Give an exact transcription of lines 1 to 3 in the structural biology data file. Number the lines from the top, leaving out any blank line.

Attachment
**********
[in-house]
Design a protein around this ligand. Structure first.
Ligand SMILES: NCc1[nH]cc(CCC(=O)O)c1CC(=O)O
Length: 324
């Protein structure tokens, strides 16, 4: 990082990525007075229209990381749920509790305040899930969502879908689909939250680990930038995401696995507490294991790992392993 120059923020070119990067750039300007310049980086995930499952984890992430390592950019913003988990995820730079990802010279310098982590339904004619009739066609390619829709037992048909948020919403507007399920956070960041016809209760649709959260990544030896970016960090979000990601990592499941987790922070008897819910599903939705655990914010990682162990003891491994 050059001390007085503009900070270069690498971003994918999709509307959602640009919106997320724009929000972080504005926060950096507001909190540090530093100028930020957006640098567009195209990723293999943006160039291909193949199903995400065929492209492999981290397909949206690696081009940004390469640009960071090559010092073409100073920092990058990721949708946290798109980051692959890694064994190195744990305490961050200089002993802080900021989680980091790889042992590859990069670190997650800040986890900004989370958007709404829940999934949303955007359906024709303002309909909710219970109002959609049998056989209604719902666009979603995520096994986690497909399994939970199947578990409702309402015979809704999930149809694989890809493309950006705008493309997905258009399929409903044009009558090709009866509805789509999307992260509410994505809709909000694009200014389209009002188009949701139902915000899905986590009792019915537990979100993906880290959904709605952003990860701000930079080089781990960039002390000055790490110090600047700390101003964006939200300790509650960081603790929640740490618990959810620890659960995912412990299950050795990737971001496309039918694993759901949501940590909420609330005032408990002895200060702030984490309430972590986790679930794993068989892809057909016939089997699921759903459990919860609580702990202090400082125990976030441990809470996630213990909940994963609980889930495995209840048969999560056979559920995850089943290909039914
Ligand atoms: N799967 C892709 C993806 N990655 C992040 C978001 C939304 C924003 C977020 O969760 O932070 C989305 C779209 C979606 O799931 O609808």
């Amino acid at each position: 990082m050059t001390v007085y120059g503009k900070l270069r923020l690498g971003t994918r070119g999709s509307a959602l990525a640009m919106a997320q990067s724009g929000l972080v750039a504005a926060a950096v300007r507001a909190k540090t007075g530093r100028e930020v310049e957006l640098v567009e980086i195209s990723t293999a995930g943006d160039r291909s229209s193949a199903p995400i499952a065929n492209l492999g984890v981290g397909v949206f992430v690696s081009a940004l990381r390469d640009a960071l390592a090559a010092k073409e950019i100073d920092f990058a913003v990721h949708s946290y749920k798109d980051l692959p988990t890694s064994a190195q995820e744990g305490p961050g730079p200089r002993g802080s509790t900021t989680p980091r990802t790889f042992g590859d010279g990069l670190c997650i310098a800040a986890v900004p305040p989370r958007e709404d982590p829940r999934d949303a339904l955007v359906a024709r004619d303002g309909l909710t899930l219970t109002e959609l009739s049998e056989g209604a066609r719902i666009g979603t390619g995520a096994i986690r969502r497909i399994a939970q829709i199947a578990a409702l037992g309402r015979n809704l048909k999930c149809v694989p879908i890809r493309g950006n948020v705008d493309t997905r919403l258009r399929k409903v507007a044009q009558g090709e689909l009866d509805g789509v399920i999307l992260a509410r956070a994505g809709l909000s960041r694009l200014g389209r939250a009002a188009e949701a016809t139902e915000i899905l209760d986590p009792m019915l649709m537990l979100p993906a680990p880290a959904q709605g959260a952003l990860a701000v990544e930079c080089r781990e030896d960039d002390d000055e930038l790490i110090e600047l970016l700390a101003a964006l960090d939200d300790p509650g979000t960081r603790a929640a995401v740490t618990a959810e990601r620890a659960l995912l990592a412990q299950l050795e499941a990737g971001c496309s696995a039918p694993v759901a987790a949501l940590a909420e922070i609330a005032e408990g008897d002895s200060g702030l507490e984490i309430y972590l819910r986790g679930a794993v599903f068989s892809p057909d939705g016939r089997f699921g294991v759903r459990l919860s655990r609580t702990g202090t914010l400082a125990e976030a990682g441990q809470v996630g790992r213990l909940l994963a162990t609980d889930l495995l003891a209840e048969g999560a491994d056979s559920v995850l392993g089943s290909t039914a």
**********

[in-house]
Design a protein around this ligand. Structure first.
Ligand SMILES: NCc1[nH]cc(CCC(=O)O)c1CC(=O)O